180° Turn Fundamentals

Rich Clarke

A 180-degree turn can be broken down into three different components:

1. An approach phase where the athlete accelerates up to an effective speed
2. An entry phase which is a maximal deceleration while the body begins rotation
3. An exit phase which is a maximal re-acceleration into the new direction

The Approach

The approach is simply acceleration, the important skill here is the athlete’s ability to moderate their speed to match their deceleration abilities. This is the concept of affordances. The athlete must know “how fast can I move within the space I have but still be able to decelerate and complete the task”. “How long can I afford to accelerate for?”. The more an athlete is exposed to similar tasks and their vairations, the more attuned they will become to what velocities and strategies are optimal for the task. I refer to this in my key skills model as 'affordance based control'.

The Entry Phase

The entry phase is where most of the important technical features exist and is where you want to focus your coaching time. Interestingly, it is the component which we know the least about as deceleration remains poorly understood. In the entry phase, if you are slow, performance suffers. If you are fast, but end up in a rubbish position, performance suffers.

This isn’t saying that the re-acceleration isn’t important, just that the effectiveness in the re-acceleration is difficult without a good competent entry phase. Unless you just go slowly, which of course isn’t useful for anything!

“The deceleration component should begin as late as possible, but as early as required to suit each athlete’s deceleration capabilities”

If someone is an effective decelerator, they will start the deceleration late, brake over a short distance and end up in an effective position at the plant step. This means they can accelerate for longer, getting up to a faster speed on the approach and save time.

If they are a poor decelerator or they have approached from a long distance away (running at high velocities), they will begin the deceleration component early to spread the required impulse over more steps. This might be decelerating over 7 steps instead of 5. Remember, as late as possible, but as early as required to end up in an effective plant step position.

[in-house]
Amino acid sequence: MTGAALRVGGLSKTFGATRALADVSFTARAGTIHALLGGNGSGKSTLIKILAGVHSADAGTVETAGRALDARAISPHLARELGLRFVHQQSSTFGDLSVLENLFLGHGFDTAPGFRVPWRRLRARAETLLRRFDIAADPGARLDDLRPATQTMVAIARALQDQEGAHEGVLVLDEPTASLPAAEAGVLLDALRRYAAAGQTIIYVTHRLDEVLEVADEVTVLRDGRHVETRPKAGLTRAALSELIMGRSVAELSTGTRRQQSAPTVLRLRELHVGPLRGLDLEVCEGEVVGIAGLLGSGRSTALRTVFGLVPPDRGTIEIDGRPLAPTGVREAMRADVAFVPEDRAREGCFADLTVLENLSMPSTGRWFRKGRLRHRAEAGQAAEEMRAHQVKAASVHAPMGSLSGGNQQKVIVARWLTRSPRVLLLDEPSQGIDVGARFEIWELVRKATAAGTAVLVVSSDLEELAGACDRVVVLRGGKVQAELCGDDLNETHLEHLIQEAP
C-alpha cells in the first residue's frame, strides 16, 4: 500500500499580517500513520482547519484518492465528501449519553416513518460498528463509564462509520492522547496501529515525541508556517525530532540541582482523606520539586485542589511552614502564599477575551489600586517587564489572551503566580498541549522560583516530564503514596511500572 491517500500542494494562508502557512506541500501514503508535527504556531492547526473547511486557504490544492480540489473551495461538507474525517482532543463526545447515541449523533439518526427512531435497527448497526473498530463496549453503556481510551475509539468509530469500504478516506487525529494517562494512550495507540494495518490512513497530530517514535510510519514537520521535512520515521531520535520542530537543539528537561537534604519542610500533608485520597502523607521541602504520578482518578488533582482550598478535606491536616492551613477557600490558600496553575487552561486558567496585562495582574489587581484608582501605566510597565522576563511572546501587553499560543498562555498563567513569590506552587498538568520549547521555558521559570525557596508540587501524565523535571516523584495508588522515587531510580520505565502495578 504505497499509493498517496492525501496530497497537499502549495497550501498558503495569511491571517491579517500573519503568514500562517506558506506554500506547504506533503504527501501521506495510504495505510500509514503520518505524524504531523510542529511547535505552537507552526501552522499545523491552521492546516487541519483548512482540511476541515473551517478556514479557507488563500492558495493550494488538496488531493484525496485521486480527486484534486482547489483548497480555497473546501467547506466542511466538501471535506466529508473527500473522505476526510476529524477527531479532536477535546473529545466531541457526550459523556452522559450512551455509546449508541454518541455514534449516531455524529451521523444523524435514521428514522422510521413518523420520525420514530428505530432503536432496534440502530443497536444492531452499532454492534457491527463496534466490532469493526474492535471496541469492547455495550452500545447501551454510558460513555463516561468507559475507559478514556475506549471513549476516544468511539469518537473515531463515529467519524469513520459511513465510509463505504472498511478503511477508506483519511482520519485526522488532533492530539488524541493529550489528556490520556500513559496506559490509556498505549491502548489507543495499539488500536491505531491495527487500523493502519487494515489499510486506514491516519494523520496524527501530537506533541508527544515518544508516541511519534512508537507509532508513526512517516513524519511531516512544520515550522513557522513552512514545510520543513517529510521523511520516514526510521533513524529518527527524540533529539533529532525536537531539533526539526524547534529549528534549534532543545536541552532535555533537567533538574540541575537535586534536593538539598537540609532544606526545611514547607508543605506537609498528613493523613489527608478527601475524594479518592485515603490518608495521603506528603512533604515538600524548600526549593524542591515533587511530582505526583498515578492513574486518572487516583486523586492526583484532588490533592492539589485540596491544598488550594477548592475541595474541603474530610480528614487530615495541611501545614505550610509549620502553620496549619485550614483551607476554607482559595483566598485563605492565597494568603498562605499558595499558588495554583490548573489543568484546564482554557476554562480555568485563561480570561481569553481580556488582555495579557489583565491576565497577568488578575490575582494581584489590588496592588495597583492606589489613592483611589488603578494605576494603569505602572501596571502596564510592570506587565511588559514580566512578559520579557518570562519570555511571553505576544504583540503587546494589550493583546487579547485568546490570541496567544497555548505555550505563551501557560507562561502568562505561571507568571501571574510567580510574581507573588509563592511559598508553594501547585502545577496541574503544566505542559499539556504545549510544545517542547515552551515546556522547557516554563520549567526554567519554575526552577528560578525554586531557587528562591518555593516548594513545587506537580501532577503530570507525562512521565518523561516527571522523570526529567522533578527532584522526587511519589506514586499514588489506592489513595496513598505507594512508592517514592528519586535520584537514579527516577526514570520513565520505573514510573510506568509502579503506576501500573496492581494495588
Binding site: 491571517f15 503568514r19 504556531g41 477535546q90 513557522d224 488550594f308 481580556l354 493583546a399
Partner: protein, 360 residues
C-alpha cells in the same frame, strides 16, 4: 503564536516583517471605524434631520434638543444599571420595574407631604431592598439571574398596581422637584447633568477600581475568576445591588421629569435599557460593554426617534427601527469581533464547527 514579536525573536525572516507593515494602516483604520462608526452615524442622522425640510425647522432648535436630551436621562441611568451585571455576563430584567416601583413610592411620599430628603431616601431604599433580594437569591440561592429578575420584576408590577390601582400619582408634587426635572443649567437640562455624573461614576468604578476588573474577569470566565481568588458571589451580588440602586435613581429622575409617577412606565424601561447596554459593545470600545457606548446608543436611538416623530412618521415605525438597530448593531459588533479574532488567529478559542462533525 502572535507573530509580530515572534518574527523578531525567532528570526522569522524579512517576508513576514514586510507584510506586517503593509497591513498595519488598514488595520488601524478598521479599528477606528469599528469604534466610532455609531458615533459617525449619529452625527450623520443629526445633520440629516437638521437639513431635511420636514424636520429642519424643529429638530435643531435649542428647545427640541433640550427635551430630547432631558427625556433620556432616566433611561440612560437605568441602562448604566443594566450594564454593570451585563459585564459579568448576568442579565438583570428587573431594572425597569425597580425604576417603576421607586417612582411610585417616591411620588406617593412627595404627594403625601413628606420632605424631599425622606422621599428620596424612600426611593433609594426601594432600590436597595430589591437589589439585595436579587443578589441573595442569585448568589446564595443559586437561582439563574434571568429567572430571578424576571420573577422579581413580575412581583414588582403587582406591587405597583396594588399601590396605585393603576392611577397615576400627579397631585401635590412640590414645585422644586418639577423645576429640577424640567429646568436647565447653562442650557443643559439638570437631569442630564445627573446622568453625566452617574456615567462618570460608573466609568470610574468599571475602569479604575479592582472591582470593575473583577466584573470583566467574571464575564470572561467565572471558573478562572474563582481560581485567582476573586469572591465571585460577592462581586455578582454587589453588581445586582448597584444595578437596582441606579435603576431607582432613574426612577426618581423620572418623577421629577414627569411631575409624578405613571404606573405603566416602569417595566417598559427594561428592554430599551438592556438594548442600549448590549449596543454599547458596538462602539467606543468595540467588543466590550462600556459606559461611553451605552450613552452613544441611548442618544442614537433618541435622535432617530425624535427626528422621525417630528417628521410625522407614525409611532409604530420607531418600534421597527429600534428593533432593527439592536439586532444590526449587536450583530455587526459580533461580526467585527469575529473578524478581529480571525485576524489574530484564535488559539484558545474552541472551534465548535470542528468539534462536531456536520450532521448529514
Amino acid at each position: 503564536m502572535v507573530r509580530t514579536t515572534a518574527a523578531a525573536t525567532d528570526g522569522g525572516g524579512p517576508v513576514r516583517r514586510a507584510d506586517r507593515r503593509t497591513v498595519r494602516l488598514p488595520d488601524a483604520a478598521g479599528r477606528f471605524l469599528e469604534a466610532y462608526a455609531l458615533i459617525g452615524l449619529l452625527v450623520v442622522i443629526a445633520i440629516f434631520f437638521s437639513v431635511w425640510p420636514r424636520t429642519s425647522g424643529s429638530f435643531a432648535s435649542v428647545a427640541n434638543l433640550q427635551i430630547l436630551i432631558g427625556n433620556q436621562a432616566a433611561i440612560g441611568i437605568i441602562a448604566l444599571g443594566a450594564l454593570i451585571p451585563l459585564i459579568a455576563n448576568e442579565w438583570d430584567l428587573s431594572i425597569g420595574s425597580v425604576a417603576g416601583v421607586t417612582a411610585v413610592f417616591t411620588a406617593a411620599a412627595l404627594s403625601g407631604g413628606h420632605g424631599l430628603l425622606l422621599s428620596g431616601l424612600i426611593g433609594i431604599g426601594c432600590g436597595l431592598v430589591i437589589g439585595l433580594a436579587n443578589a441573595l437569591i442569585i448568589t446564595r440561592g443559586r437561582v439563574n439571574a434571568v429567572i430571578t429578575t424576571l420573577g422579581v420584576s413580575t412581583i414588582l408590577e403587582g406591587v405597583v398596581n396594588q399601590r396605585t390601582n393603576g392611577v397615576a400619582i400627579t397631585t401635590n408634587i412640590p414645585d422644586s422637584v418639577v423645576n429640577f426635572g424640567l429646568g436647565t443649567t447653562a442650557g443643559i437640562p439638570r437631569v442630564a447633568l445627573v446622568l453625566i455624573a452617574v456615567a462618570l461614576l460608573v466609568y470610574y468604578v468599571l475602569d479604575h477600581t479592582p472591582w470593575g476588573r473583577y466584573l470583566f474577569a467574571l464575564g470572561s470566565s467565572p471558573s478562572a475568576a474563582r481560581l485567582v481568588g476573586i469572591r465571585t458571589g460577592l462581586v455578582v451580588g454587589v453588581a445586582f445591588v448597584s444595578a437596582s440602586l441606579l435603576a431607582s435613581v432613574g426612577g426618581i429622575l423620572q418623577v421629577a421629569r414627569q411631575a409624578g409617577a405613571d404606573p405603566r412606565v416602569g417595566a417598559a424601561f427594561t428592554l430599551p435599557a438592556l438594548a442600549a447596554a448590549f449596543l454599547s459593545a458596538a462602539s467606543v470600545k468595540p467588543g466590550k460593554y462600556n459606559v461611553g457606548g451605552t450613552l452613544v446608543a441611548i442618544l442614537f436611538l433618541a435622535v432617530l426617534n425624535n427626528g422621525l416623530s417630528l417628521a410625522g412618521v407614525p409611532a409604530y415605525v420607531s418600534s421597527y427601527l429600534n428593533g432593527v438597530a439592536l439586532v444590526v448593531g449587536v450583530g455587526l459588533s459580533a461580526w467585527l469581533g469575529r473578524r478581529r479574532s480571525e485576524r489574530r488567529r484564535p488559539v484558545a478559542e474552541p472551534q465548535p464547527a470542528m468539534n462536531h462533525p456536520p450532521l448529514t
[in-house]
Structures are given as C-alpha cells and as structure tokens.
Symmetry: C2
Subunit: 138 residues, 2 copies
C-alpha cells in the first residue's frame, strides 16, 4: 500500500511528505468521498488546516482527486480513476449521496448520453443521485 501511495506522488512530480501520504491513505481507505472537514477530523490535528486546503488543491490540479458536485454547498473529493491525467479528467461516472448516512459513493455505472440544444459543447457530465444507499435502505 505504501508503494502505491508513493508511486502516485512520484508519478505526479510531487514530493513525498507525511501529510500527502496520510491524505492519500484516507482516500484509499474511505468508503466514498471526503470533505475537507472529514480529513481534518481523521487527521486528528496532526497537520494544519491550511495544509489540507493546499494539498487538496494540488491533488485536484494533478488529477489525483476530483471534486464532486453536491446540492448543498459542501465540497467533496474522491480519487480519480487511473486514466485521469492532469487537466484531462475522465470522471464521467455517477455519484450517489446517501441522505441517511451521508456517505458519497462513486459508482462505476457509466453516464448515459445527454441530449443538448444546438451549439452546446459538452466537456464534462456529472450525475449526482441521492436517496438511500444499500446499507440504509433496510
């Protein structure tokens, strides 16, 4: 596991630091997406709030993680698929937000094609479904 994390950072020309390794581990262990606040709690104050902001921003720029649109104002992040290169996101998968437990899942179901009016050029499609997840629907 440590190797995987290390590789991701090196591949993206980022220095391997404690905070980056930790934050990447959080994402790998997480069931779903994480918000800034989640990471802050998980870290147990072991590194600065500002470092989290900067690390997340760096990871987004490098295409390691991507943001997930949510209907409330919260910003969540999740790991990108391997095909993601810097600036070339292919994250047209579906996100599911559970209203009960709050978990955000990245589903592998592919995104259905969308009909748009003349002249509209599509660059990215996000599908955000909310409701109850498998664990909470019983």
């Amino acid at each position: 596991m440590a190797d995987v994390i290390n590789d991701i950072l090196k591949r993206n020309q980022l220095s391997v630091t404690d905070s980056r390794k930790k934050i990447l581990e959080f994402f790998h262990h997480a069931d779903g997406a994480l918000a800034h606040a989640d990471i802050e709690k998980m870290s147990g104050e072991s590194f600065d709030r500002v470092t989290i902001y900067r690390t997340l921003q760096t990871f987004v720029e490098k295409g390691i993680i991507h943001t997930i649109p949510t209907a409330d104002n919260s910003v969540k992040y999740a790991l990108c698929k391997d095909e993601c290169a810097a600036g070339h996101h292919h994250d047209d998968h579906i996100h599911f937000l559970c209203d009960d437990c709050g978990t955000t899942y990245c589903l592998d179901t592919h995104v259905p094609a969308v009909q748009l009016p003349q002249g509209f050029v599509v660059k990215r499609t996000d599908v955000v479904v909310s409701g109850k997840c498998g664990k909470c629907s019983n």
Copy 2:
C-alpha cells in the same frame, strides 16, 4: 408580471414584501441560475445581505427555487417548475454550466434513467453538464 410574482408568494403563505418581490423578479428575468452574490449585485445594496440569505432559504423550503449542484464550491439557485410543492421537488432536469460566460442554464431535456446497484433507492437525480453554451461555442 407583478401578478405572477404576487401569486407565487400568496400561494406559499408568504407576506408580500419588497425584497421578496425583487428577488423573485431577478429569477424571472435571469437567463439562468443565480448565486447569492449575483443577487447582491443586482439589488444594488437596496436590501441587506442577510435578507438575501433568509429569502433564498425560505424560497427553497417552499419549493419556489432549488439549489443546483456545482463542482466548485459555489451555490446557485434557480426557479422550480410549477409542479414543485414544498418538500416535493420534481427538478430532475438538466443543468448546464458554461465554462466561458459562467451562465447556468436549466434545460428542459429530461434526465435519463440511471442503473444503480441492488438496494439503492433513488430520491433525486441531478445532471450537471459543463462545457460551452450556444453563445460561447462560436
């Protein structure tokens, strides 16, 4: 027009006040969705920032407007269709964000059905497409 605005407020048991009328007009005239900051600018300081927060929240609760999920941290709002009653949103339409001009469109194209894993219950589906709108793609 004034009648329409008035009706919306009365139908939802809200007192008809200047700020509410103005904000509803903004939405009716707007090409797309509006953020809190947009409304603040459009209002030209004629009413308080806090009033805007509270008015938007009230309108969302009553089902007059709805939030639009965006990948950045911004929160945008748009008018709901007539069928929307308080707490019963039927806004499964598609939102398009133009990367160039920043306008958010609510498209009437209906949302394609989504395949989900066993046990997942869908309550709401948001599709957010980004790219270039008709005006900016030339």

When the deceleration phase begins, the early steps should provide some braking force and facilitate early changes in the centre of mass (COM) and base of support (BOS) relationship. The COM should lower, and the BOS should move in-front, allowing the production of a shin angle which points behind you. The early phase of deceleration is where you will expect to see the highest GRF and braking impulse, but it is also kinematically key as the athlete needs to slam the breaks on, but also lower their COM effectively to optimise how effective each step can be. This is a challenging balance and means huge high speed eccentric strength demands.

One of the very first movements you’ll see as someone approaches these turns is a subtle drop or hang back of the inside shoulder. This is the start of the rotation, drop-in COM height and the BOS moving forwards. There are then steps between the first braking step and the last (the plant step) where these positions continue to be exaggerated. Once you start to identify this in athletes, you realise just how much impact having a pre-planned task has on early kinematics. It might be 6 or 7 steps away from the turn line the body starts to organise itself to optimise the movement. Hence why the time constraints in reactive movements are so impactful.

The COM and the BOS manipulation cannot be separated in our analysis. The main reasons we lower our COM is so our legs are able to reach different points on the ground and create greater direction-specific shin angles. The rotation component is important to help the later exit phase. Remember a key principle of the re-acceleration phase is to get to the sagittal plane fas early as possible. And the more rotation needed in the transverse plane at this stage, the harder that is to do. Once this entry phase has taken place where the COM has lowered, the BOS moved forwards and the body began to rotate towards the new direction, the athlete has a final ground contact before moving back into the original direction. This final ground contact is referred to as the plant step.

Remember that the role of each step in a change of direction such as this is to optimise the ability of the step following it to do its job. If the penultimate step (the final step prior to the plant step) doesn’t sufficiently reduce momentum (or the steps preceding it haven’t performed their role either), this will influence the position and loading of the plant step, increase injury risk and not do performance any favour either.